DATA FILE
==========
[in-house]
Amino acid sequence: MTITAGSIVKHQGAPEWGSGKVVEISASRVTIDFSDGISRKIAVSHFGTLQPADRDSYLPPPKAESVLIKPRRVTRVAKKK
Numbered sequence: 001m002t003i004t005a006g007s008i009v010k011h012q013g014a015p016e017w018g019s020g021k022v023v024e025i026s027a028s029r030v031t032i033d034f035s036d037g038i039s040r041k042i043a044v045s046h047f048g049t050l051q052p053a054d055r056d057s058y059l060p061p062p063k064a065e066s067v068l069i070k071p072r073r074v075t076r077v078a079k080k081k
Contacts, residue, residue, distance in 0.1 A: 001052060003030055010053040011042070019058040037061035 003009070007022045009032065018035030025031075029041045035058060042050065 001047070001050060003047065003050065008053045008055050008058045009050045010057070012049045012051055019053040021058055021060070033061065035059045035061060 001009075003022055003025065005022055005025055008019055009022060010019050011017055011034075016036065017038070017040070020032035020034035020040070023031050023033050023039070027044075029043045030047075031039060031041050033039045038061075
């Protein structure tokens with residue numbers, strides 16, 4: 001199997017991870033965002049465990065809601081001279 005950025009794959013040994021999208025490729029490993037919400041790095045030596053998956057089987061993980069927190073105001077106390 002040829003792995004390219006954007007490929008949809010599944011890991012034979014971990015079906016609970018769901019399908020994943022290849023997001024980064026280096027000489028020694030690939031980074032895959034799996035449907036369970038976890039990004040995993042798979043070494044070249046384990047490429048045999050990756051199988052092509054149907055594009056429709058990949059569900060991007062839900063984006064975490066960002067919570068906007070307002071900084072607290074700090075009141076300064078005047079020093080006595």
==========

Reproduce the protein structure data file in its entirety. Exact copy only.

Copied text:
[in-house]
Amino acid sequence: MTITAGSIVKHQGAPEWGSGKVVEISASRVTIDFSDGISRKIAVSHFGTLQPADRDSYLPPPKAESVLIKPRRVTRVAKKK
Numbered sequence: 001m002t003i004t005a006g007s008i009v010k011h012q013g014a015p016e017w018g019s020g021k022v023v024e025i026s027a028s029r030v031t032i033d034f035s036d037g038i039s040r041k042i043a044v045s046h047f048g049t050l051q052p053a054d055r056d057s058y059l060p061p062p063k064a065e066s067v068l069i070k071p072r073r074v075t076r077v078a079k080k081k
Contacts, residue, residue, distance in 0.1 A: 001052060003030055010053040011042070019058040037061035 003009070007022045009032065018035030025031075029041045035058060042050065 001047070001050060003047065003050065008053045008055050008058045009050045010057070012049045012051055019053040021058055021060070033061065035059045035061060 001009075003022055003025065005022055005025055008019055009022060010019050011017055011034075016036065017038070017040070020032035020034035020040070023031050023033050023039070027044075029043045030047075031039060031041050033039045038061075
């Protein structure tokens with residue numbers, strides 16, 4: 001199997017991870033965002049465990065809601081001279 005950025009794959013040994021999208025490729029490993037919400041790095045030596053998956057089987061993980069927190073105001077106390 002040829003792995004390219006954007007490929008949809010599944011890991012034979014971990015079906016609970018769901019399908020994943022290849023997001024980064026280096027000489028020694030690939031980074032895959034799996035449907036369970038976890039990004040995993042798979043070494044070249046384990047490429048045999050990756051199988052092509054149907055594009056429709058990949059569900060991007062839900063984006064975490066960002067919570068906007070307002071900084072607290074700090075009141076300064078005047079020093080006595």